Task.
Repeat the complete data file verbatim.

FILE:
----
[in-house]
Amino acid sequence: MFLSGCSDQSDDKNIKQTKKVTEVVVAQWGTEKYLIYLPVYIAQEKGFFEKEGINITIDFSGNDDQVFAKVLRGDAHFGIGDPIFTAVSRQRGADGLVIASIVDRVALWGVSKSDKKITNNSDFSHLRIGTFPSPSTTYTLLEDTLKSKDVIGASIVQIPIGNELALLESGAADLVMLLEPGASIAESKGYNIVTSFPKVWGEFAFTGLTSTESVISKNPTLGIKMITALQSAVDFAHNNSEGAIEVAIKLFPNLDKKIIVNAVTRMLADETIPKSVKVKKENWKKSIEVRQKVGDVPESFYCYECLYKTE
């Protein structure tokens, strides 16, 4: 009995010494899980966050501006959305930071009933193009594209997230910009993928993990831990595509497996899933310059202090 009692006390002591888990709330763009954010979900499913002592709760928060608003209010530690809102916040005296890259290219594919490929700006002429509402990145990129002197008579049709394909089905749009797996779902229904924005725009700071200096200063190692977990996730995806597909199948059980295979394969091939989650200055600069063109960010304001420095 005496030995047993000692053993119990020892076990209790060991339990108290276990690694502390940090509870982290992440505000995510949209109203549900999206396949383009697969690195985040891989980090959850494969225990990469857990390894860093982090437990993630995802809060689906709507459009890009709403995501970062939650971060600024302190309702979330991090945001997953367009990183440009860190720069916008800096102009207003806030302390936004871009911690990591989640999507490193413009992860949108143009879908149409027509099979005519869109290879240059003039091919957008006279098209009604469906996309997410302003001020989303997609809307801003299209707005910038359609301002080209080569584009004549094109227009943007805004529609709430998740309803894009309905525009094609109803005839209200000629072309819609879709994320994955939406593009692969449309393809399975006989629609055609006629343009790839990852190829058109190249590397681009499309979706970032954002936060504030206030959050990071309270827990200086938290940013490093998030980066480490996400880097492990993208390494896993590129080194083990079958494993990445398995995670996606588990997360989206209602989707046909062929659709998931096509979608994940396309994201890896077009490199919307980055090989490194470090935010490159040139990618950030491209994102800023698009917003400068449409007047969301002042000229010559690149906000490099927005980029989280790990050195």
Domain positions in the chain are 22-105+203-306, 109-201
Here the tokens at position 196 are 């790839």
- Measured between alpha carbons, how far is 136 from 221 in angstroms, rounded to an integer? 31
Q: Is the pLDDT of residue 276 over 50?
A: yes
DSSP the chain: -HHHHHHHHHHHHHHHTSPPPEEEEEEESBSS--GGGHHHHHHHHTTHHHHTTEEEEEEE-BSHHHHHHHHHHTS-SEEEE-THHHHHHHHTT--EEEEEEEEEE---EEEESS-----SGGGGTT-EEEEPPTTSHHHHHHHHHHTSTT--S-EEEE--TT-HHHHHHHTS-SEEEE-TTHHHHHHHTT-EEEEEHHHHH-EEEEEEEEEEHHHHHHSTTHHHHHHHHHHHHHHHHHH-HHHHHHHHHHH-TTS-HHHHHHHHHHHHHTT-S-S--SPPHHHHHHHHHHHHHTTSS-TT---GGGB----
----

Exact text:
[in-house]
Amino acid sequence: MFLSGCSDQSDDKNIKQTKKVTEVVVAQWGTEKYLIYLPVYIAQEKGFFEKEGINITIDFSGNDDQVFAKVLRGDAHFGIGDPIFTAVSRQRGADGLVIASIVDRVALWGVSKSDKKITNNSDFSHLRIGTFPSPSTTYTLLEDTLKSKDVIGASIVQIPIGNELALLESGAADLVMLLEPGASIAESKGYNIVTSFPKVWGEFAFTGLTSTESVISKNPTLGIKMITALQSAVDFAHNNSEGAIEVAIKLFPNLDKKIIVNAVTRMLADETIPKSVKVKKENWKKSIEVRQKVGDVPESFYCYECLYKTE
């Protein structure tokens, strides 16, 4: 009995010494899980966050501006959305930071009933193009594209997230910009993928993990831990595509497996899933310059202090 009692006390002591888990709330763009954010979900499913002592709760928060608003209010530690809102916040005296890259290219594919490929700006002429509402990145990129002197008579049709394909089905749009797996779902229904924005725009700071200096200063190692977990996730995806597909199948059980295979394969091939989650200055600069063109960010304001420095 005496030995047993000692053993119990020892076990209790060991339990108290276990690694502390940090509870982290992440505000995510949209109203549900999206396949383009697969690195985040891989980090959850494969225990990469857990390894860093982090437990993630995802809060689906709507459009890009709403995501970062939650971060600024302190309702979330991090945001997953367009990183440009860190720069916008800096102009207003806030302390936004871009911690990591989640999507490193413009992860949108143009879908149409027509099979005519869109290879240059003039091919957008006279098209009604469906996309997410302003001020989303997609809307801003299209707005910038359609301002080209080569584009004549094109227009943007805004529609709430998740309803894009309905525009094609109803005839209200000629072309819609879709994320994955939406593009692969449309393809399975006989629609055609006629343009790839990852190829058109190249590397681009499309979706970032954002936060504030206030959050990071309270827990200086938290940013490093998030980066480490996400880097492990993208390494896993590129080194083990079958494993990445398995995670996606588990997360989206209602989707046909062929659709998931096509979608994940396309994201890896077009490199919307980055090989490194470090935010490159040139990618950030491209994102800023698009917003400068449409007047969301002042000229010559690149906000490099927005980029989280790990050195």
Domain positions in the chain are 22-105+203-306, 109-201
Here the tokens at position 196 are 């790839």
- Measured between alpha carbons, how far is 136 from 221 in angstroms, rounded to an integer? 31
Q: Is the pLDDT of residue 276 over 50?
A: yes
DSSP the chain: -HHHHHHHHHHHHHHHTSPPPEEEEEEESBSS--GGGHHHHHHHHTTHHHHTTEEEEEEE-BSHHHHHHHHHHTS-SEEEE-THHHHHHHHTT--EEEEEEEEEE---EEEESS-----SGGGGTT-EEEEPPTTSHHHHHHHHHHTSTT--S-EEEE--TT-HHHHHHHTS-SEEEE-TTHHHHHHHTT-EEEEEHHHHH-EEEEEEEEEEHHHHHHSTTHHHHHHHHHHHHHHHHHH-HHHHHHHHHHH-TTS-HHHHHHHHHHHHHTT-S-S--SPPHHHHHHHHHHHHHTTSS-TT---GGGB----